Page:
NEW ORLEANS, Feb. 3 (UPI) -- Adam Vinatieri finished off one of the most dramatic of all Super Bowls Sunday night by kicking a 48-yard field goal on the game's final play to make the surprising New England Patriots champions of professional football with a 20-17 victory over the St. Louis Rams.
Tom Brady, who became the youngest winning quarterback in Super Bowl history and was voted the game's MVP, guided the Patriots from their own 17 to the St. Louis 30 in the span of 74 seconds, setting up Vinatieri for the winning kick.
"It felt good when it left my foot and when I looked up, I knew we had done it," Vinatieri said. "I didn't hear much of anything until it went through the uprights and my teammates started pounding on me.
"I am so happy for everybody because they fought all night long."
The Patriots, 14-point underdogs, held St. Louis' high-powered offense to just three points through the first three periods and converted three Rams turnovers into 17 points to take control. But the Rams capitalized on huge call by the officials to ignite what became the biggest rally ever in a Super Bowl.
No team had ever made up more than a 10-point deficit in the Super Bowl, but the Rams scored two touchdowns in the fourth quarter on a two-yard run by quarterback Kurt Warner and a 26-yard throw from Warner to Ricky Proehl.
The second of those touchdowns tied the game with 1:30 to play and after the Patriots received the ensuing kickoff, they had the ball at their own 17 with 1:31 remaining.
Conventional wisdom suggested the Patriots, with no time outs remaining, would play it safe to bring about what would have been the first Super Bowl overtime.
The Patriots, however, chose to go for it.
"I was coming out on the field and Drew (backup quarterback Drew Bledsoe) just told me to go out and sling it," Brady said.
Brady, in his first year as a starter, completed two short passes to fullback J.R. Redmond that advanced the ball to the 30 and Brady quickly killed the clock with 41 seconds to go.
The Patriots' quarterback then hit Redmond again for 11 yards and he was able to get out of bounds to stop the clock with 33 seconds left. Next came a key play with Brady hitting Troy Brown on a 23-yarder to the St. Louis 36 and Brown also got out of bounds with 21 seconds remaining.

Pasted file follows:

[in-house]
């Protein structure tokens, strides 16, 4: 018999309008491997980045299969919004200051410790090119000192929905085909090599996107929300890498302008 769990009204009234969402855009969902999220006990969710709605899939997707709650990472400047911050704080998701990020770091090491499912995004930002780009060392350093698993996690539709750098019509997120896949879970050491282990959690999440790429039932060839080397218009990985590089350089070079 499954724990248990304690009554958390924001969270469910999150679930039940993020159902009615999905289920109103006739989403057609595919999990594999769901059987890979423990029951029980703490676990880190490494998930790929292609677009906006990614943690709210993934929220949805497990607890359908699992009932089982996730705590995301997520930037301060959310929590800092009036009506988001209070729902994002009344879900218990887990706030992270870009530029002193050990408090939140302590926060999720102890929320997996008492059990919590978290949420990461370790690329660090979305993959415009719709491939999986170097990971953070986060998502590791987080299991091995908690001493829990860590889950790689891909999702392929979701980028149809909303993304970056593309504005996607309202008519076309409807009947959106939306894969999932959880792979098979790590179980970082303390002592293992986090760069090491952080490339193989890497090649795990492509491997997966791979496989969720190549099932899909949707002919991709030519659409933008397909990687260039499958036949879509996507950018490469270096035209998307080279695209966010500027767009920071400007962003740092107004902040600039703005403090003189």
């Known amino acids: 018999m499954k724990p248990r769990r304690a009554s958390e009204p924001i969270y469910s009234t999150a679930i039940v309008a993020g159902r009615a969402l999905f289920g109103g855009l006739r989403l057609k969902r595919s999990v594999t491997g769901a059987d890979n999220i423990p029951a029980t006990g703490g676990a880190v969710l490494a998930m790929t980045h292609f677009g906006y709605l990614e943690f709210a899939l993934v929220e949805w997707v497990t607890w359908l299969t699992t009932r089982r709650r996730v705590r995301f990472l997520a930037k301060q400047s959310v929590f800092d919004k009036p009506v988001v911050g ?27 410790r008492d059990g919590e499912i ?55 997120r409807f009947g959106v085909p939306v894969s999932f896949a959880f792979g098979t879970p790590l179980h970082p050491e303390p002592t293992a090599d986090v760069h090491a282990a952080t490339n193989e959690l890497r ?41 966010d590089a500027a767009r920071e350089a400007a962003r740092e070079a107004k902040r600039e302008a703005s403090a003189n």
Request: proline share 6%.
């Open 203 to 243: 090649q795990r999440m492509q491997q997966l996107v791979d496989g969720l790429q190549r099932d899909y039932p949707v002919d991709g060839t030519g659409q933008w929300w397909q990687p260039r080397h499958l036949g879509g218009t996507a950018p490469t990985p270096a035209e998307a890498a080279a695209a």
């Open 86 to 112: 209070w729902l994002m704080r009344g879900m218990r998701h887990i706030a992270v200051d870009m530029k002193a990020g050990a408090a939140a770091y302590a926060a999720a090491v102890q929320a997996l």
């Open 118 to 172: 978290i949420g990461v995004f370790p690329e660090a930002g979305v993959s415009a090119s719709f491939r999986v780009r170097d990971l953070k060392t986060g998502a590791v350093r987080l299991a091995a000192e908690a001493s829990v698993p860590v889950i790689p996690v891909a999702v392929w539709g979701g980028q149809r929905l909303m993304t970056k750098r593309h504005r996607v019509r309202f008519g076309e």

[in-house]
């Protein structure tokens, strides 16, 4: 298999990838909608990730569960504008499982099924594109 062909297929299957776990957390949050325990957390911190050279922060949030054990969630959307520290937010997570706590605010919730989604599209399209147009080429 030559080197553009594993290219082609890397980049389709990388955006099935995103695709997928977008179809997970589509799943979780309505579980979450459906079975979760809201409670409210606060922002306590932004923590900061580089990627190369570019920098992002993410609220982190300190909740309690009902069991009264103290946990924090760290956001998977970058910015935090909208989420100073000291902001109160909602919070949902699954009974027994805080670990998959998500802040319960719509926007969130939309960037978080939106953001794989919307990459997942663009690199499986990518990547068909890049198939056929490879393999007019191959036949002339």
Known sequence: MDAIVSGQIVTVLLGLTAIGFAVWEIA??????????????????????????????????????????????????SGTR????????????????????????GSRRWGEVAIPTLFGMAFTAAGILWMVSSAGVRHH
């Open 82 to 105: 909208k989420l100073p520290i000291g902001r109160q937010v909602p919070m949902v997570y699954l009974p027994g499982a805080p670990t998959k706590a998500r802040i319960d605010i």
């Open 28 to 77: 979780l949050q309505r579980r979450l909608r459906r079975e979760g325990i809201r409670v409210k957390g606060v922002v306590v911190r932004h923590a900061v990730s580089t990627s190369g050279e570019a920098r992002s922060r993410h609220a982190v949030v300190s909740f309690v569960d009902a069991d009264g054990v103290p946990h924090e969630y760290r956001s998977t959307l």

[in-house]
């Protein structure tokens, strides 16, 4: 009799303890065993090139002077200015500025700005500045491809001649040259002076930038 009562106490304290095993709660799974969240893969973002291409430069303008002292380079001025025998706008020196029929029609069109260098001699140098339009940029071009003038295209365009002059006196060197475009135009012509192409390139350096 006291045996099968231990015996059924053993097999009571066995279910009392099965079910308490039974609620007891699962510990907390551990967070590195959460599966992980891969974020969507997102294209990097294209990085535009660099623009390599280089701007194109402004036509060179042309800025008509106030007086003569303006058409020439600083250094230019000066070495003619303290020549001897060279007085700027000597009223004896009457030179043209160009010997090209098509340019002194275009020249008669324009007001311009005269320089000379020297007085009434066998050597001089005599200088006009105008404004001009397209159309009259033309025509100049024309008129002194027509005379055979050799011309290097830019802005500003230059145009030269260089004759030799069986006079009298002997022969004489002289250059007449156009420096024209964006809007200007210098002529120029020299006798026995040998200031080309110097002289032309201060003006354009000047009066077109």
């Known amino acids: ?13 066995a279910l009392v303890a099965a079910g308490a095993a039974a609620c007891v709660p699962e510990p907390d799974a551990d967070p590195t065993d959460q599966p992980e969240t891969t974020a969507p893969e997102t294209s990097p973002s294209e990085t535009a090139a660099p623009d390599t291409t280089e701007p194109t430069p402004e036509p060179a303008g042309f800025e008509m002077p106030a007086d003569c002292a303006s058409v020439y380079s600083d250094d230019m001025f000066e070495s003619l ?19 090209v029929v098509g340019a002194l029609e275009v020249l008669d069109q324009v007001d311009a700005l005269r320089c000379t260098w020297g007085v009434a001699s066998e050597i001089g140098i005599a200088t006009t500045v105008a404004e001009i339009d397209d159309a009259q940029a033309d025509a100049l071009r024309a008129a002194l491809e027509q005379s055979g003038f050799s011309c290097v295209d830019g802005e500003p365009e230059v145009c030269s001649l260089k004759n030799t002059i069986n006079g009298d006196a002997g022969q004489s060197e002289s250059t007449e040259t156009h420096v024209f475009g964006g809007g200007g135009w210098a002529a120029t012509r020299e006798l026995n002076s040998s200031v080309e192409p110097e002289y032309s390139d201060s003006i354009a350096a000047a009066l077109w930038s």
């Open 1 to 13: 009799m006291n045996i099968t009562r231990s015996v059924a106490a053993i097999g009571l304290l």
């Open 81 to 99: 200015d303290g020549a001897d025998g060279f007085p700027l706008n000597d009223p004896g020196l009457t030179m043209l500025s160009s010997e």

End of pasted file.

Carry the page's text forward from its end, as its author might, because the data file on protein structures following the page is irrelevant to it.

"The pass to Brown was obviously a big one," said New England Coach Bill Belichick. "But the one before that to Redmond was big, too, because he fought hard to get out of bounds."
Vinatieri had the distance to make the kick from there, but the Patriots ran one more play, a quick six-yard completion from Brady to Jermaine Wiggins.
With the clock running, the Patriots hustled to the line of scrimmage and Brady spiked the ball to stop the clock one last time with seven seconds to go.
Vinatieri's kick was never in question, sailing down the middle of the field with plenty of distance to spare. The clock showed two seconds left when the ball cleared the uprights, but those two seconds ticked off without any whistle blowing.
"I knew they would get me down there to kick it," said Vinatieri, who kicked a game-tying field goal in the divisional playoff round against Oakland in the snow as well as the game-winner as well in overtime.
"We have a ton of champions. These guys never, never give up. They stepped up. They fought and fought. We shocked the world, but we didn't shock ourselves."
"It is absolutely incredible," Brady said. "This is what happens when players believe in each other. We have responded all year."
New England ended the season with nine straight victories and won the Super Bowl despite giving up 160 more yards than it gained. No team had ever been outgained by that margin and still won a Super Bowl.
New England scored first-half touchdowns on a 47-yard interception return by Ty Law and an eight-yard pass from Brady to David Patten that came after Proehl fumbled the ball away at midfield.
Vinatieri added a 37-yard field goal in the third period that came after Otis Smith intercepted Warner and returned the ball 38 yards to the St. Louis 33.